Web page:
Panelists commented upon how radically divorce law had changed in the last 40 to 50 years, effectively making the three traditional A’s of divorce litigation—adultery, abuse, abandonment—irrelevant. Since the introduction of the now-commonplace no-fault divorce legislation, these three main reasons to argue in favor of dissolving marriages—at least in civil cases—are relics of the legal past.

Many present at the colloquium, in casual conversation, waxed nostalgic about a bygone era of stable homes and robust families—the proverbial “Happy Days” of post-war baby boom prior to the relaxing of divorce laws.

Dr. Ryan T. Anderson, a conferee at the Vatican colloquium and co-author with Princeton’s Robert P. George and Sherif Girgis of What Is Marriage? Man and Woman: A Defense, is a fervent proponent of the benefits of lasting marriage to civil society, but said we should be careful not to frame the conversation by saying we were “better off in the pre-no-fault divorce” period of our history.

“I wouldn’t want to phrase it that way… To a certain extent there was a problem that no-fault divorce attempted to address. And it was a real problem. Unfortunately the solution that we got in terms of no-fault divorce wasn’t the right solution.”

“So I wouldn’t want to say we want to go back to pre-no-fault divorce [period]. We want to go forward to something different.”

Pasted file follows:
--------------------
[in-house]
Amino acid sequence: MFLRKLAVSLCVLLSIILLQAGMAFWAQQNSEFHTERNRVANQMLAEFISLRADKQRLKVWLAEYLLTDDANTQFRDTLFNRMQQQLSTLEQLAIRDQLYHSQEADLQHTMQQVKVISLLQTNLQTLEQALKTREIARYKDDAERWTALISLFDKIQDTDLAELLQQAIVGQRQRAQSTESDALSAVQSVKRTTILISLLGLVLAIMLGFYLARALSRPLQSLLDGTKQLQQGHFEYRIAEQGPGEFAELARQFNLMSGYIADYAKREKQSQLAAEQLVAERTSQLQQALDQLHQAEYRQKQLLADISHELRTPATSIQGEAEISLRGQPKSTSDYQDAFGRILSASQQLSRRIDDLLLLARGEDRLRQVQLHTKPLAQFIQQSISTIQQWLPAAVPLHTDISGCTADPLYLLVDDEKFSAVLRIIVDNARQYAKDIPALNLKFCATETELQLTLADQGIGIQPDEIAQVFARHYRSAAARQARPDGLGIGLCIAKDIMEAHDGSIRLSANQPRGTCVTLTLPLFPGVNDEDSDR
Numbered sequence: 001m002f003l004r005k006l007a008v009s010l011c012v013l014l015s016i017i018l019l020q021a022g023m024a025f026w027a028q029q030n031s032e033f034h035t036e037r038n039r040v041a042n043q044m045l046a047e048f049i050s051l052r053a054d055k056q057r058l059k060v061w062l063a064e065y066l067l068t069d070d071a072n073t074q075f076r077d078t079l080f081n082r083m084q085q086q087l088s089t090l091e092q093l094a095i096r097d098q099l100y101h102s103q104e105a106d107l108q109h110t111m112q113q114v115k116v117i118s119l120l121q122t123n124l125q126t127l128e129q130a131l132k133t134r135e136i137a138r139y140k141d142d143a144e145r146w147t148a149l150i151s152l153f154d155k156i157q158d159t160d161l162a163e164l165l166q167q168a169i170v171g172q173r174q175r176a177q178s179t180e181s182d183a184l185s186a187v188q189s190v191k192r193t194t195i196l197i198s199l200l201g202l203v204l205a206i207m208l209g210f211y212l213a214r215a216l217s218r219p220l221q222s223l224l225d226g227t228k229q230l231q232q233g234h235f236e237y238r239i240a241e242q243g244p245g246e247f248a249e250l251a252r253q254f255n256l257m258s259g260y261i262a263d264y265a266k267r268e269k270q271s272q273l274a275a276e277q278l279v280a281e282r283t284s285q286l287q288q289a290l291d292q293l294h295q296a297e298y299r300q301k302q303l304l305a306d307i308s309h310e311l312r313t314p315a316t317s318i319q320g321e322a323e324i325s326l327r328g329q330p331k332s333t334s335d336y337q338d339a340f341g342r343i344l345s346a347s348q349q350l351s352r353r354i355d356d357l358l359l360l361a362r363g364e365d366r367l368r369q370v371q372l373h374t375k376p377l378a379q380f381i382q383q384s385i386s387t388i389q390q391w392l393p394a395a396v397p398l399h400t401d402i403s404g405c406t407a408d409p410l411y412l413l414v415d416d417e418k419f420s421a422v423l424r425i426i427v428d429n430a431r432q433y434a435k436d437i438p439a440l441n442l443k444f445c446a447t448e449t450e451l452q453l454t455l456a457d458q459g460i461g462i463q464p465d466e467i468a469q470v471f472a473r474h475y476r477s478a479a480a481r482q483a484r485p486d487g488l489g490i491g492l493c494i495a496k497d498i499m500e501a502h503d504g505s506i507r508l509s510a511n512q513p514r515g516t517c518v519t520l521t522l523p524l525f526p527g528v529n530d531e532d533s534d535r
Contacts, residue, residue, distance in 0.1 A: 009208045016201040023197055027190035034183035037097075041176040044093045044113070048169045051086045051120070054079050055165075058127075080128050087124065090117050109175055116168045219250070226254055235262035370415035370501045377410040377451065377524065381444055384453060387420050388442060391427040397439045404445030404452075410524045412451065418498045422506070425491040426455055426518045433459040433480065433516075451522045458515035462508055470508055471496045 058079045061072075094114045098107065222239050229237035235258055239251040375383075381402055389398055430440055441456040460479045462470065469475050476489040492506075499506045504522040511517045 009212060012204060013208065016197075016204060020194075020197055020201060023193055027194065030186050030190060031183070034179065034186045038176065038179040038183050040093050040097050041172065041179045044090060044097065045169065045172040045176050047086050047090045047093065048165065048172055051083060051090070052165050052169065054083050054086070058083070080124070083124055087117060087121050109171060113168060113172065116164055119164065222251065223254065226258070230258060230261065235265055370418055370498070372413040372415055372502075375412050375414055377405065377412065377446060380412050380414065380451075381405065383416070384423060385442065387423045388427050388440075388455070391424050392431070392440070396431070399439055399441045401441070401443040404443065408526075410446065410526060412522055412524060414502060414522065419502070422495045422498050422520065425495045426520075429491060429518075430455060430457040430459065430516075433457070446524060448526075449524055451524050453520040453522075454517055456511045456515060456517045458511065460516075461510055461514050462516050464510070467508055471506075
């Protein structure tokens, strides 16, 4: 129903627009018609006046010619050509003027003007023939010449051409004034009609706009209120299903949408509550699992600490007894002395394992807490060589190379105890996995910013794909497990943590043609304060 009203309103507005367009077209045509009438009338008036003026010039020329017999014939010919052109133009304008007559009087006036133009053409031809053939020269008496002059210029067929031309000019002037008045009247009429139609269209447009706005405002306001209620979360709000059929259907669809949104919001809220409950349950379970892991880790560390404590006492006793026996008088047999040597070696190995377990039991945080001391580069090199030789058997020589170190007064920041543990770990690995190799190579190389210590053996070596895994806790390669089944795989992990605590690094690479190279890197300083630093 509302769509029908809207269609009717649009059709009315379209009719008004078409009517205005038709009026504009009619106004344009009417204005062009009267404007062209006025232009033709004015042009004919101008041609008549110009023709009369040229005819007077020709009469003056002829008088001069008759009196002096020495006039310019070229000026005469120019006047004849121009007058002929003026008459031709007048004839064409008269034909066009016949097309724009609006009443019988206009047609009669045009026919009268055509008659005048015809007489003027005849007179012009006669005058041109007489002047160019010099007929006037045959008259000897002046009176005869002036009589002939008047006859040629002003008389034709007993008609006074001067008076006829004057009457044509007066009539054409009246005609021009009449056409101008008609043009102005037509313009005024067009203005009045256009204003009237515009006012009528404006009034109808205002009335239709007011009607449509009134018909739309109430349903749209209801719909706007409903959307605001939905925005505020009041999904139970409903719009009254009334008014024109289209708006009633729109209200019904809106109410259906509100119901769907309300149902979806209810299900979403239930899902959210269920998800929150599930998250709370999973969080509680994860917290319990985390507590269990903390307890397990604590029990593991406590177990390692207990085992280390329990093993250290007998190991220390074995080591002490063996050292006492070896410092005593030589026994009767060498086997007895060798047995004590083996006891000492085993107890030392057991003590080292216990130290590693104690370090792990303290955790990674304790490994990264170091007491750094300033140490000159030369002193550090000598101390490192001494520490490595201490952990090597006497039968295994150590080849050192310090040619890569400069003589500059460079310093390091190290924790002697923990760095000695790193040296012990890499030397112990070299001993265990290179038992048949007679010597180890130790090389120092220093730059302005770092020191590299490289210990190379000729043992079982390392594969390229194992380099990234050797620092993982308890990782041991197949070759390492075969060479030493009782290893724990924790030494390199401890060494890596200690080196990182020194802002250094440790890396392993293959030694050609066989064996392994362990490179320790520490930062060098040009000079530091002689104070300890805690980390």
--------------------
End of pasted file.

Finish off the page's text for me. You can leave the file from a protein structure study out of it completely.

One of the legitimate complaints of the previous system of divorce proceedings, Anderson said, “was that it was very adversarial; in fact it was very hard to get a divorce when you needed to get a divorce, because you actually had to produce evidence that your spouse was abusing you and sometimes the courts would be biased.”

“The downside is that rather than going to a system in which evidentiary standards would be better, we entered a system that does not require evidence at all, because there was no longer a requirement of fault at all, and that it was a unilateral system that didn’t even require the other party to agree to the dissolvement.”

“And what that did in terms of shaping people’s understanding of what marriage is that it need not aspire to be permanent.”

Dr. Anderson said that he thought Tuesday’s opening speaker, Rt. Rev. Michael Nazir’Ali, former Anglican bishop of Rochester, did well to catch the audience’s attention by saying today one can “get out of marriage more easily than you get out of a mortgage.”

“We treat your mortgage contract [with] an expectation of thirty years. And [yet] we don’t have anything like that any longer for marriage,” Anderson said.

Anderson spoke positively of a new direction toward covenant marriage in which “there would actually be from the get-go certain procedures [as to what to do] if a marriage hits a rocky point.”

He said it might be formulated in way in which couples essentially agree “here’s how we are going to covenant ourselves to handle that [issue]…We will go to marriage counseling. We will have a waiting period before a divorce—a whole set of steps, and only for these reasons may we get divorced.”

“I think that Louisiana is the only state that has instituted this. So I do not know what the empirical results are, but I think those sorts of ideas are a positive direction.”

“The law would now be teaching that marriage is a serious relationship; [that] getting out of marriage shouldn’t be something you do without serious reasons, [and] with a serious procedure.”